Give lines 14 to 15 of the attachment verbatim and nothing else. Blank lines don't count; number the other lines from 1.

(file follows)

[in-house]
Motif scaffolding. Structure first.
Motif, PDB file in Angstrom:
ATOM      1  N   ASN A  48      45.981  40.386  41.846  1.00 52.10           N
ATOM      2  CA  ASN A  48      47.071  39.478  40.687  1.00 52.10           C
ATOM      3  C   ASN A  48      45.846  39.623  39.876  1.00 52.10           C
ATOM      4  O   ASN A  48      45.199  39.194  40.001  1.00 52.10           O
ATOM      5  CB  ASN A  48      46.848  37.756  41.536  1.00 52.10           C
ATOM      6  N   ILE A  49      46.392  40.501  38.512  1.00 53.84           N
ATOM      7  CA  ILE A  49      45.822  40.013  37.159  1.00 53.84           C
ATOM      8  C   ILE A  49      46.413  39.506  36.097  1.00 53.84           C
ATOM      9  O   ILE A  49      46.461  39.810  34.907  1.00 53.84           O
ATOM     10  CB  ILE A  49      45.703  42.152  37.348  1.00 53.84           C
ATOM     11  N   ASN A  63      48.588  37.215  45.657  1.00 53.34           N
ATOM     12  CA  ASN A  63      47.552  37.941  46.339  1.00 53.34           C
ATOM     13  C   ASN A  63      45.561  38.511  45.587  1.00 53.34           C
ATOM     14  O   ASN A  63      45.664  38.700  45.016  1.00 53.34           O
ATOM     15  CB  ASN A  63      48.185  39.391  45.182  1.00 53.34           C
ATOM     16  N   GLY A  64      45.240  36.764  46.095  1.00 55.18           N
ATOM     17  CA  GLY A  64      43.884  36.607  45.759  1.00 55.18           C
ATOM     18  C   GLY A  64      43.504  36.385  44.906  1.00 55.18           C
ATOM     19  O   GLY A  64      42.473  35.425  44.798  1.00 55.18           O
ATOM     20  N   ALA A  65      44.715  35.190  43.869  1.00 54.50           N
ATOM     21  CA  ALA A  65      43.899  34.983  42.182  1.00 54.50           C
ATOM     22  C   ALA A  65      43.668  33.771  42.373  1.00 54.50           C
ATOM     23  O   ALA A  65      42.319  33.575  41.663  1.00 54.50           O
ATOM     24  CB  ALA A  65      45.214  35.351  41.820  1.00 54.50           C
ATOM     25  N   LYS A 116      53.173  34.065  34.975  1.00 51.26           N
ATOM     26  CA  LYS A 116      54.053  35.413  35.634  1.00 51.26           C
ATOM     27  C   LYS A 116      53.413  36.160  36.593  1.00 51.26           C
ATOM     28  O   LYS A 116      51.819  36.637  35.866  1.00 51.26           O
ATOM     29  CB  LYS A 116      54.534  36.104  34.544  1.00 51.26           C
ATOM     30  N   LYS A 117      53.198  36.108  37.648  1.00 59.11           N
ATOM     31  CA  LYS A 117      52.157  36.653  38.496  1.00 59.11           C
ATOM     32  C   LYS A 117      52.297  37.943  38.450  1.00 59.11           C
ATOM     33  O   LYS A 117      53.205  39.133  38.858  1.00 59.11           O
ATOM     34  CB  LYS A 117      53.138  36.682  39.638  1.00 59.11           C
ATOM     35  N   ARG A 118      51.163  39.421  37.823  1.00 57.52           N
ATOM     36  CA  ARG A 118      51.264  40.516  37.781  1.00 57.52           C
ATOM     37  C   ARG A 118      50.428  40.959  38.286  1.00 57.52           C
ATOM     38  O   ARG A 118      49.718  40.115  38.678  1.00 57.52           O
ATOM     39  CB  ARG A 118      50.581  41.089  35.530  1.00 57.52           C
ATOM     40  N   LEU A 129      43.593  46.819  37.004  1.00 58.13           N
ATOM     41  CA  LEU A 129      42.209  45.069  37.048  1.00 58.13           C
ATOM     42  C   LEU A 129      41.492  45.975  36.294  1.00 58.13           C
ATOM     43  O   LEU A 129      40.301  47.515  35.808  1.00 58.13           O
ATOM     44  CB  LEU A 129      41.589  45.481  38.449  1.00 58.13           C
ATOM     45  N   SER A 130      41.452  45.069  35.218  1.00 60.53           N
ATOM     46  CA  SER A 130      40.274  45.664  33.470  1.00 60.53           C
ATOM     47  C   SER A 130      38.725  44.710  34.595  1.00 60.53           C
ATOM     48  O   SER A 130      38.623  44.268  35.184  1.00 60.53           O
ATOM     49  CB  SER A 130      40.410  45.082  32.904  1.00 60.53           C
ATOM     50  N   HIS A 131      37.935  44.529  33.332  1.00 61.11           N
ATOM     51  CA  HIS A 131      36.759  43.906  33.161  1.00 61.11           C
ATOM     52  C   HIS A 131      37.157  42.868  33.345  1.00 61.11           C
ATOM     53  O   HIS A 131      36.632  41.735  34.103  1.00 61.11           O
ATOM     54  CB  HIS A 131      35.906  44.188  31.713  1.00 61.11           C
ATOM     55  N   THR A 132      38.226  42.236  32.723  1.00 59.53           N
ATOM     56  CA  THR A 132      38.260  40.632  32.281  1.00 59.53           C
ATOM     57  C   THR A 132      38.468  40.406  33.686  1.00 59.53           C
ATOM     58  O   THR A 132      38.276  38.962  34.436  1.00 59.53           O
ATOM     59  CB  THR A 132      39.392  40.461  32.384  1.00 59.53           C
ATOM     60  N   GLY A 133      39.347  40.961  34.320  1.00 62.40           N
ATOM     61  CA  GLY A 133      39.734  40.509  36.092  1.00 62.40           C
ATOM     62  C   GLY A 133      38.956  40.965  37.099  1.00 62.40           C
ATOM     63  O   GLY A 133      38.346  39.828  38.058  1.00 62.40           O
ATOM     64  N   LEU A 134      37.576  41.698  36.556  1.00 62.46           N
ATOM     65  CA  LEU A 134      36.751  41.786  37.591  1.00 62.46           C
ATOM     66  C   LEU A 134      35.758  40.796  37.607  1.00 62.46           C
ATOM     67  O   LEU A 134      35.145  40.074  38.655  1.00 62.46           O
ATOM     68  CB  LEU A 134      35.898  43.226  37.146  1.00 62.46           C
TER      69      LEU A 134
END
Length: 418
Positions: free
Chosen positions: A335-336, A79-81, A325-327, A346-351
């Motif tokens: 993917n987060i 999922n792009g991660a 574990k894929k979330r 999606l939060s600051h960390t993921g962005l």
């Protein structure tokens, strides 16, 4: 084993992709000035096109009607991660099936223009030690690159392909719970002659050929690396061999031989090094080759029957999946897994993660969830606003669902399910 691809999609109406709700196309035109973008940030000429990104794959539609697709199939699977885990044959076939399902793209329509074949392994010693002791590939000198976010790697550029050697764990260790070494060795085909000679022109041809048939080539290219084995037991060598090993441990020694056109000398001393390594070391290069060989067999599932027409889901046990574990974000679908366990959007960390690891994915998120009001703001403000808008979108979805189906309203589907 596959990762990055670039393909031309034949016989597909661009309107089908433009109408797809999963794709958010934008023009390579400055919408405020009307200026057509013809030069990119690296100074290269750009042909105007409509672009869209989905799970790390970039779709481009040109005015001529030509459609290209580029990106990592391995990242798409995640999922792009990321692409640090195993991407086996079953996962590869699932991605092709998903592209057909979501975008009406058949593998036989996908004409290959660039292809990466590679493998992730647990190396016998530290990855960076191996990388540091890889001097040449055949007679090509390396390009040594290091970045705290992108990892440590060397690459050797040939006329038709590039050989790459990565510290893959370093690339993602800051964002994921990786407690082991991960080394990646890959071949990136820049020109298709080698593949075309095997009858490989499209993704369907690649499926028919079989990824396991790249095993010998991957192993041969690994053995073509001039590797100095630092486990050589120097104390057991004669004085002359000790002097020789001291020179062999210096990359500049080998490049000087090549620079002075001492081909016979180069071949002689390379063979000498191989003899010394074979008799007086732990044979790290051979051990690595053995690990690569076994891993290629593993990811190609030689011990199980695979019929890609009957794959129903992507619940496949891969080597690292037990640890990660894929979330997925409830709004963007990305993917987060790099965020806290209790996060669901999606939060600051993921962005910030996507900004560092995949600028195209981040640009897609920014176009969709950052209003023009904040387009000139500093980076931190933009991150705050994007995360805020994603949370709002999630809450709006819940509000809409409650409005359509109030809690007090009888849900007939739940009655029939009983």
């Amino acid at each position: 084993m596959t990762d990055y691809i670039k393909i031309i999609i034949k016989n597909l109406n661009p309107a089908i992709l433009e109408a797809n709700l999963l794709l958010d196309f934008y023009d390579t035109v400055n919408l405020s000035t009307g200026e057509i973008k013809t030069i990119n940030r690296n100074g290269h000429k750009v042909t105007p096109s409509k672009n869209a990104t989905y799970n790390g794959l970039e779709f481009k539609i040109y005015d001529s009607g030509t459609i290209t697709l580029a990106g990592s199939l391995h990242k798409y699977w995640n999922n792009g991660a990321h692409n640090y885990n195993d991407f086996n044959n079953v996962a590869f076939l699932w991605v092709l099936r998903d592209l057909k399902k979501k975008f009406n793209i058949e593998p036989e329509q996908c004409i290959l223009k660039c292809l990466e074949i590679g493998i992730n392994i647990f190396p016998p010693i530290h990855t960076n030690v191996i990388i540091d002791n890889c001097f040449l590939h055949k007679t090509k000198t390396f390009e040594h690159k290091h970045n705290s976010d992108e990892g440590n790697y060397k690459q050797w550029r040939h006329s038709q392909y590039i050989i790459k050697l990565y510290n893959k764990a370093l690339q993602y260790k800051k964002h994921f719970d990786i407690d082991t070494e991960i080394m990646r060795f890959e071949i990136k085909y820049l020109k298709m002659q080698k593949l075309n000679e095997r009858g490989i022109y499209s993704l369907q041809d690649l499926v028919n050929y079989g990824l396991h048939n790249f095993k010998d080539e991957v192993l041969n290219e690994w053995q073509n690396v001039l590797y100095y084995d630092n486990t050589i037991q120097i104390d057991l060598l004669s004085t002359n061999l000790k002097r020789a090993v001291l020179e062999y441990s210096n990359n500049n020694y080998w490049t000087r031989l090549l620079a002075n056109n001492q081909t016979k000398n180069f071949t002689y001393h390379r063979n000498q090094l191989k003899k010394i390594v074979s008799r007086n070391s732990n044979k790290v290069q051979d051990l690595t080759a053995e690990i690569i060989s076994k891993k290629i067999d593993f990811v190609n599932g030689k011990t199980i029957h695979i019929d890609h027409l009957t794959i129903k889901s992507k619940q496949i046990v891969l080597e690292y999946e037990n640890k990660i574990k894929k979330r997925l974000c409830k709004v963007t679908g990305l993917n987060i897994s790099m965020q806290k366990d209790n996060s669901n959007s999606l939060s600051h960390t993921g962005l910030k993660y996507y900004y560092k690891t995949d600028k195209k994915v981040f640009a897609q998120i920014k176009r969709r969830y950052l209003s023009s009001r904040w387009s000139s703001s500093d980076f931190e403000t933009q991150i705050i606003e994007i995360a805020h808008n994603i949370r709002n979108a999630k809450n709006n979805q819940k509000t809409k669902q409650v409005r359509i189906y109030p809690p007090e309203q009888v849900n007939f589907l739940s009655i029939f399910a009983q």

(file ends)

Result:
ATOM     11  N   ASN A  63      48.588  37.215  45.657  1.00 53.34           N
ATOM     12  CA  ASN A  63      47.552  37.941  46.339  1.00 53.34           C